ClimateGate Fraud Exposes Dirty Tricks Agenda For Global Government
Wed, 25/11/2009 - 00:28 — smashdracs
Globalist minion Al Gore and the United Nations climate change shysters led by Phil Jones are in trouble. Last week hackers uncovered a pile of email and documents revealing what many of us already knew — the climate change agenda is based not only on easily debunked junk science, but outright lies and deception.
In the wake of the damning revelations exposed by these anonymous hackers, the climate change snake oil salesmen Gore and his complaisant entourage of now discredited scientists are in full retreat. Even the corporate media — guilty of peddling the fabrication of man-made climate change for years with the best propaganda money can buy — are desperately scrambling to put the best spin possible on the emerging travesty.
In the above video, Alex Jones examines the startling revelations of the CRU files and spells out what it means for the global elite who have planned to use the ruse to impose crippling carbon taxes and put the finishing touches on their global totalitarian super-state and its accompanying control and slave grid.
Infowars and Prison Planet are now feverishly going through the documents and will post the result in the hours and days ahead. In the meantime, here are a few quotes from the perpetrators:
The fact is that we can’t account for the lack of warming at the moment and it is a travesty that we can’t. The CERES data published in the August BAMS 09 supplement on 2008 shows there should be even more warming: but the data are surely wrong. Our observing system is inadequate.
I seem to be getting an email a week from skeptics saying where’s the warming gone. I know the warming is on the decadal scale, but it would be nice to wear their smug grins away.
In any case, if the sulfate hypothesis is right, then your prediction of warming might end up being wrong. I think we have been too readily explaining the slow changes over past decade as a result of variability–that explanation is wearing thin. I would just suggest, as a backup to your prediction, that you also do some checking on the sulfate issue, just so you might have a quantified explanation in case the prediction is wrong. Otherwise, the Skeptics will be all over us–the world is really cooling, the models are no good, etc. And all this just as the US is about ready to get serious on the issue.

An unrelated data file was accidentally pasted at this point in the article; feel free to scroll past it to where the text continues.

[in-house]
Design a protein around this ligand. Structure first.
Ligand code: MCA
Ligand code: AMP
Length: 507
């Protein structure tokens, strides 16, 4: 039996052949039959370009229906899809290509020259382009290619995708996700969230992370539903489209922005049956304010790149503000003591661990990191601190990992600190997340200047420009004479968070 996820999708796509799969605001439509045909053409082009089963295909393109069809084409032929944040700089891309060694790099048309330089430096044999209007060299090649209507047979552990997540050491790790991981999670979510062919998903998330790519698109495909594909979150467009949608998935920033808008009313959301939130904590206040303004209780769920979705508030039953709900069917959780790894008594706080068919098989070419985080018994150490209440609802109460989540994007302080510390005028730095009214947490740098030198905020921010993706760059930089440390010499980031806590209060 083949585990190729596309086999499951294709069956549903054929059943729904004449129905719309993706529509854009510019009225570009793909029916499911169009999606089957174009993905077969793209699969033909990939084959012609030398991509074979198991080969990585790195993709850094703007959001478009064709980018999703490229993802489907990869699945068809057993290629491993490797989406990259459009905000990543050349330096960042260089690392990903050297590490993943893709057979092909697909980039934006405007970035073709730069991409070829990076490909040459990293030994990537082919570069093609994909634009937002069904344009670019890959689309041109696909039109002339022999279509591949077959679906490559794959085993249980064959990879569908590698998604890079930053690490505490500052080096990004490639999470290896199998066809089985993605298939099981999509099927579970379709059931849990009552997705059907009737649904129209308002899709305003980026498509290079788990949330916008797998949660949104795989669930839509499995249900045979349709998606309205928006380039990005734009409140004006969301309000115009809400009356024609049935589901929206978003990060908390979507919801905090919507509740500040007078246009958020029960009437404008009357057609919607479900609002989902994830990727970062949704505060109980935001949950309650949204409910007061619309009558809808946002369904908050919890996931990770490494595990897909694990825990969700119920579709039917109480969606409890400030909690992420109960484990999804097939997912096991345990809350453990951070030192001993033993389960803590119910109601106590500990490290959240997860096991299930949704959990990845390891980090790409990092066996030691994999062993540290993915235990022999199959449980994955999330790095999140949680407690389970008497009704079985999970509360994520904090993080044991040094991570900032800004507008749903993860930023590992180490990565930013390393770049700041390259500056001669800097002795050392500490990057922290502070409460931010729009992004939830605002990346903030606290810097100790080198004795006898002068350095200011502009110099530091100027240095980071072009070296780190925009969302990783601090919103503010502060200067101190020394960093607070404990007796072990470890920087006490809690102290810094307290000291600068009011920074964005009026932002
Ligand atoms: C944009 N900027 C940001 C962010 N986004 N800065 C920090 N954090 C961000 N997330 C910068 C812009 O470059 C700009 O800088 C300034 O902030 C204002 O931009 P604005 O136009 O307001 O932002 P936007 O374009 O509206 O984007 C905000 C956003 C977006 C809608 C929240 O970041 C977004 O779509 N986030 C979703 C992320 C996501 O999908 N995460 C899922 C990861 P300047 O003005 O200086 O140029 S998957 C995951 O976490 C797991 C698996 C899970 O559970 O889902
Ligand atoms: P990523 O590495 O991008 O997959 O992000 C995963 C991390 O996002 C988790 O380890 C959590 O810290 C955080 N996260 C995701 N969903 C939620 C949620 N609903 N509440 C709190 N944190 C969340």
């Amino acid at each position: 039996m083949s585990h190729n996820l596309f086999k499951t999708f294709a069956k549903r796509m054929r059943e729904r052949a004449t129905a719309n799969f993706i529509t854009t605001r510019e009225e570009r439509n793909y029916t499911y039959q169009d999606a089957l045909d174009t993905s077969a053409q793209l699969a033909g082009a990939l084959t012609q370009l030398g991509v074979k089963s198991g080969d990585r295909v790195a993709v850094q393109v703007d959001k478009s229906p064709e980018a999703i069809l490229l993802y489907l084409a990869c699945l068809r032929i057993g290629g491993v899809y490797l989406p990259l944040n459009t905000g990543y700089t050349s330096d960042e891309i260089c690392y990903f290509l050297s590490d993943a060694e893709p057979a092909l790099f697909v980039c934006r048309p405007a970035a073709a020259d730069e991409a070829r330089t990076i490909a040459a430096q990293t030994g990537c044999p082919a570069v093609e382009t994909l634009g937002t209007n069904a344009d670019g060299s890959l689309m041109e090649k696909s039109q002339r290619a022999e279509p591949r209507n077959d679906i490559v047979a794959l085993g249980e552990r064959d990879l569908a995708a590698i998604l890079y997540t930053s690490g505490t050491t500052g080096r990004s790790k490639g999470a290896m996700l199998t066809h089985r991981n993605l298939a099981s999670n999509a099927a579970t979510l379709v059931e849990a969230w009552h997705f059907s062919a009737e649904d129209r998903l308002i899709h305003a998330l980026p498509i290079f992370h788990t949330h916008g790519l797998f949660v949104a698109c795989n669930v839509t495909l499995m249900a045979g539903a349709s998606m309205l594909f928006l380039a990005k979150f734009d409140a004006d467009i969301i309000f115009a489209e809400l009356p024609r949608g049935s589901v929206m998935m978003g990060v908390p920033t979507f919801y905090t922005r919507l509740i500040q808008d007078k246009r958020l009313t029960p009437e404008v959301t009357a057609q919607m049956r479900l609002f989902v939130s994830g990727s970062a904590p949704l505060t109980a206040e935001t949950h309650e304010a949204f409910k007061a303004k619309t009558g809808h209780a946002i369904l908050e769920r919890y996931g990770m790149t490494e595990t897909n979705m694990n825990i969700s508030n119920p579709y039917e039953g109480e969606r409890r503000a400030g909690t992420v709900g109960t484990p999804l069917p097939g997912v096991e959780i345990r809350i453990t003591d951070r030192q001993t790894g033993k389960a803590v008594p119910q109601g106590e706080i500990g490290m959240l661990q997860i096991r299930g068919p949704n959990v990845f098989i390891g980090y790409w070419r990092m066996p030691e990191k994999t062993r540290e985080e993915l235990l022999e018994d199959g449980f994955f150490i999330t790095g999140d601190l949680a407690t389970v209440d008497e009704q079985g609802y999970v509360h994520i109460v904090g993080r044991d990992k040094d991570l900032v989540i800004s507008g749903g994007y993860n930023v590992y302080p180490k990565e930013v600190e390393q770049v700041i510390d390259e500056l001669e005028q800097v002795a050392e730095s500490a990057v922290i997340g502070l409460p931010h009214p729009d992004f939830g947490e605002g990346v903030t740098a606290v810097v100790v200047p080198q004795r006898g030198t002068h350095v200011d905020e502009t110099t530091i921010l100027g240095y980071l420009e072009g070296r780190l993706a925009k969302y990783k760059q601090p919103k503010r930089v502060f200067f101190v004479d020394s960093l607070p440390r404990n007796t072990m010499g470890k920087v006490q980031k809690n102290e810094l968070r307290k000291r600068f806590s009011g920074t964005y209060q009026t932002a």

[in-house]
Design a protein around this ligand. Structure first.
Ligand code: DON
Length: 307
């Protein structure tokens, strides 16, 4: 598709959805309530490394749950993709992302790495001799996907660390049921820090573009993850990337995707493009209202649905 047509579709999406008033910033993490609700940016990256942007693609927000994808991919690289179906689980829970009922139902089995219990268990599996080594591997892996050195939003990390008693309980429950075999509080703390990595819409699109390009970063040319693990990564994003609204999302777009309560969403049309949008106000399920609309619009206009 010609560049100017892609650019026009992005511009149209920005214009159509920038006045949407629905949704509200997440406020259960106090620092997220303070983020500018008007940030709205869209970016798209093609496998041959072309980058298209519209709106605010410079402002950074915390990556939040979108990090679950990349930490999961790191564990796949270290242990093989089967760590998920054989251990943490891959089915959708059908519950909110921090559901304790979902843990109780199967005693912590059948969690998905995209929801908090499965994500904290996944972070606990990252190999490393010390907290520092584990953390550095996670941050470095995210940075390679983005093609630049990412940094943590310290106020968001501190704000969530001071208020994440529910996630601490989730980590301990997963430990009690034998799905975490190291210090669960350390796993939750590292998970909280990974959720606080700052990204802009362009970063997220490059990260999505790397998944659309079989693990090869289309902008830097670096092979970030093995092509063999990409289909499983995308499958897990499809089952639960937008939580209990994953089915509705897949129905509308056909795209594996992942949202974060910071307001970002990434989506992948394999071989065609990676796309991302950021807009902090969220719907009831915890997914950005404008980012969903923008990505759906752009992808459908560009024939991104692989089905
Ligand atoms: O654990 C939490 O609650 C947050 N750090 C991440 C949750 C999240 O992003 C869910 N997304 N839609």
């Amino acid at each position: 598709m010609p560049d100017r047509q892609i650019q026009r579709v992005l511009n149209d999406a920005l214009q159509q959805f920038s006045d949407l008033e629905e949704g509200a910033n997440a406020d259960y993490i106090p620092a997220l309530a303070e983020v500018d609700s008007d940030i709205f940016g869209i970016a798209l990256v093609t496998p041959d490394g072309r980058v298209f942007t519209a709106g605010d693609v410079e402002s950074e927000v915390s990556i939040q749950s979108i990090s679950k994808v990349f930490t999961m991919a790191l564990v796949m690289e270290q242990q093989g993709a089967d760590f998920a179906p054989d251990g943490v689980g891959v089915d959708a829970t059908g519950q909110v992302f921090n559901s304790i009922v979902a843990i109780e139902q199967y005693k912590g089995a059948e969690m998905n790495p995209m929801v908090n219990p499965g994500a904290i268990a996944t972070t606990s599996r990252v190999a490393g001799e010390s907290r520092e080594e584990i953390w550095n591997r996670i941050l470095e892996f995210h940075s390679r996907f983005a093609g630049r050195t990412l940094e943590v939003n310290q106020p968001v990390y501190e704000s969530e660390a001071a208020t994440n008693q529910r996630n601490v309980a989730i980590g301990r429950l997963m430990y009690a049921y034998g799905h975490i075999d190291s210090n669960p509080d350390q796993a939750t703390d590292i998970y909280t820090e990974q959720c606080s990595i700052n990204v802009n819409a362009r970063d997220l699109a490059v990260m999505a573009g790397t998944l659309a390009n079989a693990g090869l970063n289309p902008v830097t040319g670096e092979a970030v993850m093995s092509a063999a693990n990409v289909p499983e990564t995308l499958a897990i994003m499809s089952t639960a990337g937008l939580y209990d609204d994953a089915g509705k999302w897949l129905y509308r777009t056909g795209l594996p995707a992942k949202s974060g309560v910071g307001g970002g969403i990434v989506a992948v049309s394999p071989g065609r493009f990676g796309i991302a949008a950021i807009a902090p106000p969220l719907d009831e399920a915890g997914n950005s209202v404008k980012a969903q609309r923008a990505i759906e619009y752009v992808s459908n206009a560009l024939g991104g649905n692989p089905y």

Ironically, the E1-IMAGE scenario runs, although much cooler in the long term of course, are considerably warmer than A1B-AR4 for several decades! Also – relevant to your statement – A1B-AR4 runs show potential for a distinct lack of warming in the early 21st C, which I’m sure skeptics would love to see replicated in the real world… (See the attached plot for illustration but please don’t circulate this any further as these are results in progress, not yet shared with other ENSEMBLES partners let alone published).
Your final sentence though about improvements in reviewing and traceability is a bit of a hostage to fortune. The skeptics will try to hang on to something, but I don’t want to give them something clearly tangible.
Looks pretty good to me. Only one issue. In our discussion of possible participants in Bern, I think (someone correct me if I’m wrong) we concluded that the last two on the list (w/ question marks) would be unwise choices because they are likely to cause conflict than to contribute to concensus [sic] and progress.
Mike, I agree very much with the above sentiment. My concern was motivated by the possibility of expressing an impression of more concensus than might actually exist . I suppose the earlier talk implying that we should not ‘muddy the waters’ by including contradictory evidence worried me. IPCC is supposed to represent concensus but also areas of uncertainty in the evidence. Of course where there are good reasons for the differences in series (such as different seasonal responses or geographic bias) it is equally important not to overstress the discrepancies or suggest contradiction where it does not exist.
The key thing is making sure the series are vertically aligned in a reasonable way. I had been using the entire 20th century, but in the case of Keith’s, we need to align the first half of the 20th century w/ the corresponding mean values of the other series, due to the late 20th century decline. So, if we show Keith’s series in this plot, we have to comment that “something else” is responsible for the discrepancies in this case. Otherwise, the skeptics have an field day casting doubt on our ability to understand the factors that influence these estimates and, thus, can undermine faith in the paleoestimates.